And always keep in mind, if you do accept money from any parent regardless of which side of the family he/she is on, you’re also accepting their involvement in the planning and guest list. Ha that may not be what you want at all, so think very hard before accepting money if you want to have total control over your wedding plans. There’s invisible fine print that comes with “yes that’d be great if you could help pay for xyz mom and dad!”
Alternatives To Paying For Your Wedding Entirely On Your Own
If you have a financial hardship, personal reasons, family pressure, or other grounds that prevent you and your fiancé from paying for the entire wedding yourself, there are some other options you can explore and discuss. For example, each family can pay for the costs associated with the number of guests from their respective sides. Or costs can be split three ways between the couple, and each set of parents.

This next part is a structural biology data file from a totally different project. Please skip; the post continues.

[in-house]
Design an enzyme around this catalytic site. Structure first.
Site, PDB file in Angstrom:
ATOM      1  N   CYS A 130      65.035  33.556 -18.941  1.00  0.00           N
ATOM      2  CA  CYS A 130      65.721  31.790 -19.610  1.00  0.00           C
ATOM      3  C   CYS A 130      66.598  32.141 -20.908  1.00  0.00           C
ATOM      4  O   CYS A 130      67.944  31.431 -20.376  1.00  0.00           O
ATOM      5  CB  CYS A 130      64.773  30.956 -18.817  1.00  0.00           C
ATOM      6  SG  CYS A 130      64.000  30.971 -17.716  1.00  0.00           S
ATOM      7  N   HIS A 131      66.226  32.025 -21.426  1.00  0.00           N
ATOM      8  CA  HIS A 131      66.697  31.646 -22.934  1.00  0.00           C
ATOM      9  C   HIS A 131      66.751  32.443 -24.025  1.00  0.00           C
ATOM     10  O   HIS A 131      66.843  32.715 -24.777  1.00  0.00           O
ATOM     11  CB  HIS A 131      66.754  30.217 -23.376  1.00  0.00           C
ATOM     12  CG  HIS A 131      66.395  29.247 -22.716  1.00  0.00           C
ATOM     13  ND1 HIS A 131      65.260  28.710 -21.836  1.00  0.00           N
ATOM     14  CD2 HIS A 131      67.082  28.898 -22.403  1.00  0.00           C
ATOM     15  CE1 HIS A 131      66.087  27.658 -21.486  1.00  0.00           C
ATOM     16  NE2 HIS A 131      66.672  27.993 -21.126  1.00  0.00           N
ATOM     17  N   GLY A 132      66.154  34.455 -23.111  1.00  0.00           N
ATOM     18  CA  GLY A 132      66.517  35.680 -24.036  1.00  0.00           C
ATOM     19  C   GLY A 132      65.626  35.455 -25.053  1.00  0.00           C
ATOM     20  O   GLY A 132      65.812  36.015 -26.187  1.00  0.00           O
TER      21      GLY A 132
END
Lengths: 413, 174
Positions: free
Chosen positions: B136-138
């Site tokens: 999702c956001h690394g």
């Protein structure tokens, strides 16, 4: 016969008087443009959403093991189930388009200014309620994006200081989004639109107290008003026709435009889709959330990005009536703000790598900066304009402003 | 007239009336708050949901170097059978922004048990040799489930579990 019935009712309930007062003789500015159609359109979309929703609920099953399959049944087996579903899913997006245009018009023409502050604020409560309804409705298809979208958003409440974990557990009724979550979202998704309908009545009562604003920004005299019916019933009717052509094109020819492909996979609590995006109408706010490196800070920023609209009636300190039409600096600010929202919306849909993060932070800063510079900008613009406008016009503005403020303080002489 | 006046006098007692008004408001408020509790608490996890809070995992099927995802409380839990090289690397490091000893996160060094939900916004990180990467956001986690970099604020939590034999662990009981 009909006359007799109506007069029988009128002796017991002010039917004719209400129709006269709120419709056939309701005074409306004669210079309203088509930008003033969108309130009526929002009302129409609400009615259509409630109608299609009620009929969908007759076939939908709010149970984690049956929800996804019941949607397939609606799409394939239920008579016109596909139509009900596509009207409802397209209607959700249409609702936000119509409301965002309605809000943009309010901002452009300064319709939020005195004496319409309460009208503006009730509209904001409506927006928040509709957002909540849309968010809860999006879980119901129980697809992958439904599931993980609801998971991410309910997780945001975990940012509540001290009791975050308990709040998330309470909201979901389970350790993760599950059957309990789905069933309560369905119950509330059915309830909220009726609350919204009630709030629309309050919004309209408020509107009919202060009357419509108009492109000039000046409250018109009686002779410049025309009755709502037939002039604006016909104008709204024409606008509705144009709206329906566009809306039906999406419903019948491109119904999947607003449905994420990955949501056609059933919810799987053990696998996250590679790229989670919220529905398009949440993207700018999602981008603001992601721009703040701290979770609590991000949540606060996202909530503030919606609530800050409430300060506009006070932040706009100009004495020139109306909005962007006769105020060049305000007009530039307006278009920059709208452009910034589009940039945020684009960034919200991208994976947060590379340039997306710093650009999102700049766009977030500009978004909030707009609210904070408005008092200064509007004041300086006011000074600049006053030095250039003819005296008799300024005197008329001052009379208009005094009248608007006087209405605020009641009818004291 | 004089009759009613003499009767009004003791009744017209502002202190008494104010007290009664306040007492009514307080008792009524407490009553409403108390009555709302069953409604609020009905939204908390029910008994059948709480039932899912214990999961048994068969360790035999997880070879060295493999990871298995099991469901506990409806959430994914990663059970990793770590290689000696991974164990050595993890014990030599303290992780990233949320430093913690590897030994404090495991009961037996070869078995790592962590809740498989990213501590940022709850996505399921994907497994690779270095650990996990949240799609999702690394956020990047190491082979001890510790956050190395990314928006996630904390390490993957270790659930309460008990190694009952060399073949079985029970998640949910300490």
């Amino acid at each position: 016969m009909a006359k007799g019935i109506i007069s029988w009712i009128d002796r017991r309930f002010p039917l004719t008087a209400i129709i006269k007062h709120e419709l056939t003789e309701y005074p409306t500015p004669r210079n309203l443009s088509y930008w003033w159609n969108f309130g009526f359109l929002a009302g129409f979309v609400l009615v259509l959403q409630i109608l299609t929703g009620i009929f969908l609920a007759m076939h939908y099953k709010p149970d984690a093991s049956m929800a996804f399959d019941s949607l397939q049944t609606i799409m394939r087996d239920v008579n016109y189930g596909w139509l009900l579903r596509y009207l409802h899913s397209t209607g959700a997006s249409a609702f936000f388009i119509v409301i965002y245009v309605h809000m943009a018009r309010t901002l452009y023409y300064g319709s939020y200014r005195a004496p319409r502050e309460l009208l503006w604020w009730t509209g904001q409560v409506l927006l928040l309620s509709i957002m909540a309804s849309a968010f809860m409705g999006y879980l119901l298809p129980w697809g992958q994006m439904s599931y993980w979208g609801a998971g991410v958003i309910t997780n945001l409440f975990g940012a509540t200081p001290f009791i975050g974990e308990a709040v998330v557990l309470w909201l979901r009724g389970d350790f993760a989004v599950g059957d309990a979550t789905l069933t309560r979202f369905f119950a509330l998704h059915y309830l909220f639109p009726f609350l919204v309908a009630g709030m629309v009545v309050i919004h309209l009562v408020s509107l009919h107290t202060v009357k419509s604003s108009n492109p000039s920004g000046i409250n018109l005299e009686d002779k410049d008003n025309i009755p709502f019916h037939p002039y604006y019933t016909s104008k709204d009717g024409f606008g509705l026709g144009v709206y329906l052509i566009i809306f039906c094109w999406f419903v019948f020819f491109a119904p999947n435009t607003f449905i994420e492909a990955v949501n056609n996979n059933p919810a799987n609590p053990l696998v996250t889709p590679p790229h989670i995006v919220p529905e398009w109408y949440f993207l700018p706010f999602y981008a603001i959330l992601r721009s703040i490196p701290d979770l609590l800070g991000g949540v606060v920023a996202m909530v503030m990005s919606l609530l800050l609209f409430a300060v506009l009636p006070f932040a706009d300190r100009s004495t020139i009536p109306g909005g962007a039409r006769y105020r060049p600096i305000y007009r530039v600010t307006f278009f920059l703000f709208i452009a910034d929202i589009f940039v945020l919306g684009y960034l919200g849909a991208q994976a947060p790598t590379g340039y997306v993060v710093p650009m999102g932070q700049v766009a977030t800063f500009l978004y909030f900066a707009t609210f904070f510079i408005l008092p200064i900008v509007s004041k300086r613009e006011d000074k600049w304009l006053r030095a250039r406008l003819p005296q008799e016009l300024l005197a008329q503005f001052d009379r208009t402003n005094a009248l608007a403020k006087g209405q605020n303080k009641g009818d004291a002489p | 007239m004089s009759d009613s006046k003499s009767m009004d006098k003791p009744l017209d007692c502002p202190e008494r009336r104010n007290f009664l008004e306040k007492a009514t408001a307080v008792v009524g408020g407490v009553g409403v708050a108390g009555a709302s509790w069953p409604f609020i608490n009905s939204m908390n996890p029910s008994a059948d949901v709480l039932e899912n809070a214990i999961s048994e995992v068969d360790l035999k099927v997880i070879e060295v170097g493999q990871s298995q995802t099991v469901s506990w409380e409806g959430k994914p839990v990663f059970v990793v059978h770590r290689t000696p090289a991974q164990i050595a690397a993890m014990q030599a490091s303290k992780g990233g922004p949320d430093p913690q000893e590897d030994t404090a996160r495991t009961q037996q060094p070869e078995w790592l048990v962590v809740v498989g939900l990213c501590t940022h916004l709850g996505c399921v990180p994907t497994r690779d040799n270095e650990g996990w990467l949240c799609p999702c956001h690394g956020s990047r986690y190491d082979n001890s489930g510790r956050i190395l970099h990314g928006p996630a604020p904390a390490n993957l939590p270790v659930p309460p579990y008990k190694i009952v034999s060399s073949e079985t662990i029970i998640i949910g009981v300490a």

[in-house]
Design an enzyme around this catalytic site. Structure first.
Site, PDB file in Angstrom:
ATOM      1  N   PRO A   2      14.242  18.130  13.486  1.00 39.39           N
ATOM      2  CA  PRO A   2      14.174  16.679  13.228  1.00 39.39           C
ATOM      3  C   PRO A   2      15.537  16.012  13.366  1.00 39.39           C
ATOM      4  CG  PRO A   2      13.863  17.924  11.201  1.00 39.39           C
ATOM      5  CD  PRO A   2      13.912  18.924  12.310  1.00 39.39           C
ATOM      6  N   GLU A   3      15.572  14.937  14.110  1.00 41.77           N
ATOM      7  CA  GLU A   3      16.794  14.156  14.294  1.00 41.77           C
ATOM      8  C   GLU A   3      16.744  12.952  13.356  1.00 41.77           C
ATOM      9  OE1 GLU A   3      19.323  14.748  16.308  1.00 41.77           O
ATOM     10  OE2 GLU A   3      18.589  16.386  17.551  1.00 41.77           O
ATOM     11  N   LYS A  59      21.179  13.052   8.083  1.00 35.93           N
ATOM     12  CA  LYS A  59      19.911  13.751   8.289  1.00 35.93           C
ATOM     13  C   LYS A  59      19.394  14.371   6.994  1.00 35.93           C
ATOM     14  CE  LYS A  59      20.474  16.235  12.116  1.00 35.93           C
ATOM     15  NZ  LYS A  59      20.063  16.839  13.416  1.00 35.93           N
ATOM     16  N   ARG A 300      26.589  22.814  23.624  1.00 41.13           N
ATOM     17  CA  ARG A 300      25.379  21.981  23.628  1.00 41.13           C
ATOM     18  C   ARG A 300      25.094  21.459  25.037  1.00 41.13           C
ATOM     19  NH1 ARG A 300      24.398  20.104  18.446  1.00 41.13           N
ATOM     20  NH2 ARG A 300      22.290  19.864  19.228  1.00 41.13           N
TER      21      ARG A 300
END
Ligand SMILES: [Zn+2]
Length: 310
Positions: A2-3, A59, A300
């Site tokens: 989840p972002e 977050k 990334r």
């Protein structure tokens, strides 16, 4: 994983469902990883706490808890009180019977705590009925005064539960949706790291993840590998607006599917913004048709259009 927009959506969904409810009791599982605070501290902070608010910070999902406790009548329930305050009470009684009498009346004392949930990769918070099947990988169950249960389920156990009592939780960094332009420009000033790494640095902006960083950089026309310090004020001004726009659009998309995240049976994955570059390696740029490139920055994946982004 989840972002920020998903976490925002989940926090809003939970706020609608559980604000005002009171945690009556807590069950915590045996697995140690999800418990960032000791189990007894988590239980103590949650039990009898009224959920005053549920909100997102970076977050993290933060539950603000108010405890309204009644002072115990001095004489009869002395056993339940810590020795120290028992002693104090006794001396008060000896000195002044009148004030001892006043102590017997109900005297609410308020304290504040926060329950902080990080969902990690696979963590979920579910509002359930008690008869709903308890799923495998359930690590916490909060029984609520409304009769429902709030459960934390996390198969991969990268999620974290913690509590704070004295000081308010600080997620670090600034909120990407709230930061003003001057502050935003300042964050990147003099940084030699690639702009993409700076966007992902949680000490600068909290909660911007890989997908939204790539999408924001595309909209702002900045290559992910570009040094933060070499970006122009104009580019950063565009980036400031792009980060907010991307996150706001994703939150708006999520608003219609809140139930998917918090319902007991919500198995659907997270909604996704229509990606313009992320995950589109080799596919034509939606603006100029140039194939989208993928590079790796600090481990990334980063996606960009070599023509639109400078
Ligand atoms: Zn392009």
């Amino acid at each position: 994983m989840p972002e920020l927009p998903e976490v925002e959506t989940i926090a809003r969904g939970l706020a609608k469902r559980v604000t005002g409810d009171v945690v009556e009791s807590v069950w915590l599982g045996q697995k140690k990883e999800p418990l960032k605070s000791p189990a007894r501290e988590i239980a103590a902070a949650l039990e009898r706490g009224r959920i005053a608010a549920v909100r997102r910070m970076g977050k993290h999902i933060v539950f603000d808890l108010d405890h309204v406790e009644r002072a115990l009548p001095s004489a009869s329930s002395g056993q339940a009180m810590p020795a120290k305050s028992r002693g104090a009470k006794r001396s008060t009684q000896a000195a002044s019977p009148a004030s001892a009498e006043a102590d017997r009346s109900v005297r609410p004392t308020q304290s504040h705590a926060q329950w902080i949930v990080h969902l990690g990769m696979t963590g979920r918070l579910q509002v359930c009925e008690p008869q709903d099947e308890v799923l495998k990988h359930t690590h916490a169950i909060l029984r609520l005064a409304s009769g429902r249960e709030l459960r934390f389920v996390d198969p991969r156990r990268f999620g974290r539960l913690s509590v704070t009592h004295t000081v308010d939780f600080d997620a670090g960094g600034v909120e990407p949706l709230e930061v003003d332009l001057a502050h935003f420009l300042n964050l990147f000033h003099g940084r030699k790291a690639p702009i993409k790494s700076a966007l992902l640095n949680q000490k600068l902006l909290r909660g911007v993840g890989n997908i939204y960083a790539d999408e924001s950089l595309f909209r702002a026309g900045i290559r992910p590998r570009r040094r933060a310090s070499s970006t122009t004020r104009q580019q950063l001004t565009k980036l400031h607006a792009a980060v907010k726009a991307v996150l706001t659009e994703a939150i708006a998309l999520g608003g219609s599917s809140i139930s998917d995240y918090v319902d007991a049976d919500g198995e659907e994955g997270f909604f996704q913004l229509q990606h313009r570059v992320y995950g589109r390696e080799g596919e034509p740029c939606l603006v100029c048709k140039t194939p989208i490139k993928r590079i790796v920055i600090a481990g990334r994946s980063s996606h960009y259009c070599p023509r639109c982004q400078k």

I must advise against going into a lot of debt for your wedding however. Getting married is a big step, and you don’t want to put unnecessary financial strain and extra debt on your relationship and lifestyle.
Prioritize Your Wish List And Plan Frugally
If you have a wedding to plan, decide with your fiancé what’s most important to you. For a lot of couples, priorities are a talented photographer, delicious food, or a special location. There are lots of ways to save on all the other things. For example if you don’t want to pay thousands for a venue, you can choose a public locale like a beach or park that only requires a local permit for a couple hundred bucks. Some places don’t require permits at all.
What About Costs For The Wedding Party? Bridesmaids, Maid of Honor, Groomsmen, Best Man
It’s a nice gesture to give the members of your wedding party a thank you gift for their participation, help, and friendship. They most likely organized and paid for your shower or bachelor/bachelorette festivities, so it’s a nice way to say thank you on your wedding day. For the brides out there who have photography high on the list and want to go to the salon with your bridesmaids, it’s good etiquette to cover this cost for all your girls.